By Rebecca LaFlure
Killeen Daily Herald
The North American Aerospace Defense Command is geared up to track Santa Claus and his reindeer this Christmas Eve as they make their annual trip across the globe.
NORAD, which has tracked St. Nick for more than 50 years, will use high-tech satellites, radar and Santa cams to follow him delivering toys to children.
About 1,200 volunteers will stand by to answer telephone calls and e-mails from kids curious about when Santa is set to come down the chimney.
"It's a great way for families to start Christmas," NORAD spokesman Maj. Mike Humphreys said. "It's a fun program for the kids, and many parents use it to get their children to bed on Christmas Eve."
NORAD, a military organization responsible for the aerospace and maritime defense of the United States and Canada, will broadcast feeds on its Web site at www.noradsanta.org.
The tradition began by accident in 1955 after a Colorado Springs-based Sears Roebuck & Co. ad misprinted a telephone number for children to call Santa. Children were surprised when their calls didn't reach Santa's workshop, but the Continental Air Defense Command, NORAD's predecessor.
Last year, millions of people who wanted to know Santa's whereabouts visited the Web site, and the operations center received about 75,000 phone calls from countries as far as Great Britain and Japan, Humphreys said.
NORAD has 42 radar sites placed around North America to track Santa's movement, and a satellite will be able to detect Rudolph's bright nose from space, Humphreys said.
Santa Claus attended a "mission safety briefing" with NORAD officials last week where they informed him of the weather forecasts for areas around the world.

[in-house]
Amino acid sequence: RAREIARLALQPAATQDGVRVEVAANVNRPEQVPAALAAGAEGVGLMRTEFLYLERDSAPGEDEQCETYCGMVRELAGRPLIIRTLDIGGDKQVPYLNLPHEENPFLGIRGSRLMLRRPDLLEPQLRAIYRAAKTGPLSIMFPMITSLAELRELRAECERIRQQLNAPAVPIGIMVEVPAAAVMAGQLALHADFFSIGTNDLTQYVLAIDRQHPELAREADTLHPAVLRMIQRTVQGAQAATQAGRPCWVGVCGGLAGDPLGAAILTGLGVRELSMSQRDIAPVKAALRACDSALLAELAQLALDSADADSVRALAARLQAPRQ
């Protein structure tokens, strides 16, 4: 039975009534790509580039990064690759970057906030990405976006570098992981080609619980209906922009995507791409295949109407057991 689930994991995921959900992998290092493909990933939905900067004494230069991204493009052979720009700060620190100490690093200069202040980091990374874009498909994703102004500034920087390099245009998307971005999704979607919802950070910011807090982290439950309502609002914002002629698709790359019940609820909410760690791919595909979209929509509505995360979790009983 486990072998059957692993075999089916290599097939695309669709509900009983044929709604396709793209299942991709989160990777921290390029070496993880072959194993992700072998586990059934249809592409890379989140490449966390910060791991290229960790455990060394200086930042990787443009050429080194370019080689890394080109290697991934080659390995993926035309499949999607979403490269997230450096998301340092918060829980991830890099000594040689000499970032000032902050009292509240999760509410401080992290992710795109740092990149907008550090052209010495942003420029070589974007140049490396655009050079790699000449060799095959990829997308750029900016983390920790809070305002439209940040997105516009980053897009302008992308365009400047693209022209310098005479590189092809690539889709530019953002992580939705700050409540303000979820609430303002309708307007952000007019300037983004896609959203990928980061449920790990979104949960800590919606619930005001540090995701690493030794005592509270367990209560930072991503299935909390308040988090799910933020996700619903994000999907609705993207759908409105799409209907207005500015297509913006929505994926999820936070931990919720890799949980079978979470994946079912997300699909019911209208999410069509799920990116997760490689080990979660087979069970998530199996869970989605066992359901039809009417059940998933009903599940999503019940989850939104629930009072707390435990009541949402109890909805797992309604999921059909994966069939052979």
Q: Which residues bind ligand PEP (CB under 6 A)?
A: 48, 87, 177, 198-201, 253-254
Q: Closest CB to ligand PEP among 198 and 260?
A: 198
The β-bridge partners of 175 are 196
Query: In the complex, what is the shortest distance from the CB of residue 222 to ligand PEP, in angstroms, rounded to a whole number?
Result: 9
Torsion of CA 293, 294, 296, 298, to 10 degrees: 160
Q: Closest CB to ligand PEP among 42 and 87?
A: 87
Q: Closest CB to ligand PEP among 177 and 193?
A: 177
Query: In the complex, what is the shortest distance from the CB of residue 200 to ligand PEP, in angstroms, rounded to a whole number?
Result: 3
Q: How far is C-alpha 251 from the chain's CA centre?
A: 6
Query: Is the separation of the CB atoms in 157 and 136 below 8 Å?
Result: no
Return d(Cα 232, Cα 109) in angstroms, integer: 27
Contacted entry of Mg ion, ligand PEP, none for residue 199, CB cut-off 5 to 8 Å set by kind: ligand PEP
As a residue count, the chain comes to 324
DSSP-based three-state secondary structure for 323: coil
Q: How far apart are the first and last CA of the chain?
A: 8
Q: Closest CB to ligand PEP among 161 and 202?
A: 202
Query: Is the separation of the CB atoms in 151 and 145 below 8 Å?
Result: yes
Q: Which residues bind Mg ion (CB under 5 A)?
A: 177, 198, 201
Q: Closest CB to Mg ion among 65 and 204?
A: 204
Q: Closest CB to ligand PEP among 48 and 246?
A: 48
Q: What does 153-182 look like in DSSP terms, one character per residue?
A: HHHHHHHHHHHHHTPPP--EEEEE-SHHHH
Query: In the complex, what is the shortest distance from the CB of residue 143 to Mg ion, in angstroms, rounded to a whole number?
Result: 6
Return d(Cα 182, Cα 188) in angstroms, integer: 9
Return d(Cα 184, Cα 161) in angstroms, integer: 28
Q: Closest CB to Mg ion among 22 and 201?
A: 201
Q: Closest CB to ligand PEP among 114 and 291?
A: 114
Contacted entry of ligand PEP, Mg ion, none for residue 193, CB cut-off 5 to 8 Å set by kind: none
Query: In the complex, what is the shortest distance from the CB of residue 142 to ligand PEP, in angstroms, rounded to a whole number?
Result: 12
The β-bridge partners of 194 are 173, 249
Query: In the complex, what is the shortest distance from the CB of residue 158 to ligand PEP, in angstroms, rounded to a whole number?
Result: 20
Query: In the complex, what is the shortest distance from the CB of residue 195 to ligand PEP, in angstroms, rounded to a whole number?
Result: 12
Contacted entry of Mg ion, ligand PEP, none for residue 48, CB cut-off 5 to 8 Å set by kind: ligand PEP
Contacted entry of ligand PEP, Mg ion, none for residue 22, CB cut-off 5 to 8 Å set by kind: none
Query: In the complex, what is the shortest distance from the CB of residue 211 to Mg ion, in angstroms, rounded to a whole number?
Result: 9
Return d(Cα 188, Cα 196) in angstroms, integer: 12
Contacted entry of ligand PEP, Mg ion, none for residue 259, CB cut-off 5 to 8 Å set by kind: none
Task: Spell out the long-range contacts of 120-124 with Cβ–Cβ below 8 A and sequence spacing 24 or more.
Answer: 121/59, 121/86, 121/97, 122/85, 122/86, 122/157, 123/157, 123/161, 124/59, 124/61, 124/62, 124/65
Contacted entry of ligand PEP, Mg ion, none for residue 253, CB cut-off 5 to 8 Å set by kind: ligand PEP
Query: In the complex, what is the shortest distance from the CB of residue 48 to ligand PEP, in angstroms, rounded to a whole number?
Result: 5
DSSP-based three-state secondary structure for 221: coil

As children count down the days to Santa's arrival, they can view Santa's elves preparing gifts for delivery online and find which shop in the village is the busiest.
Beginning at 5 a.m. Thursday, visitors to the "NORAD Tracks Santa" Web site can watch Santa as he checks his list and prepares for flight.
The operations center, based in Colorado, will begin answering phones and replying to e-mails at 5 a.m. Christmas Eve. Children of all ages can call 877-Hi-NORAD (877-446-6723) toll-free, or can send an e-mail to firstname.lastname@example.org.
As soon as Santa takes off from the North Pole, children can follow him through Google Maps and Google Earth reports. They can also discuss his whereabouts on Facebook and Twitter.
TV media outlets use NORAD to track Santa's journey during their Christmas Eve broadcasts.
"It's something we've done for as long as I've been here," said Matt Hines, chief meteorologist at KXXV-TV, News Channel 25. "It's all in good spirit."
Contact Rebecca LaFlure at email@example.com or (254) 501-7548.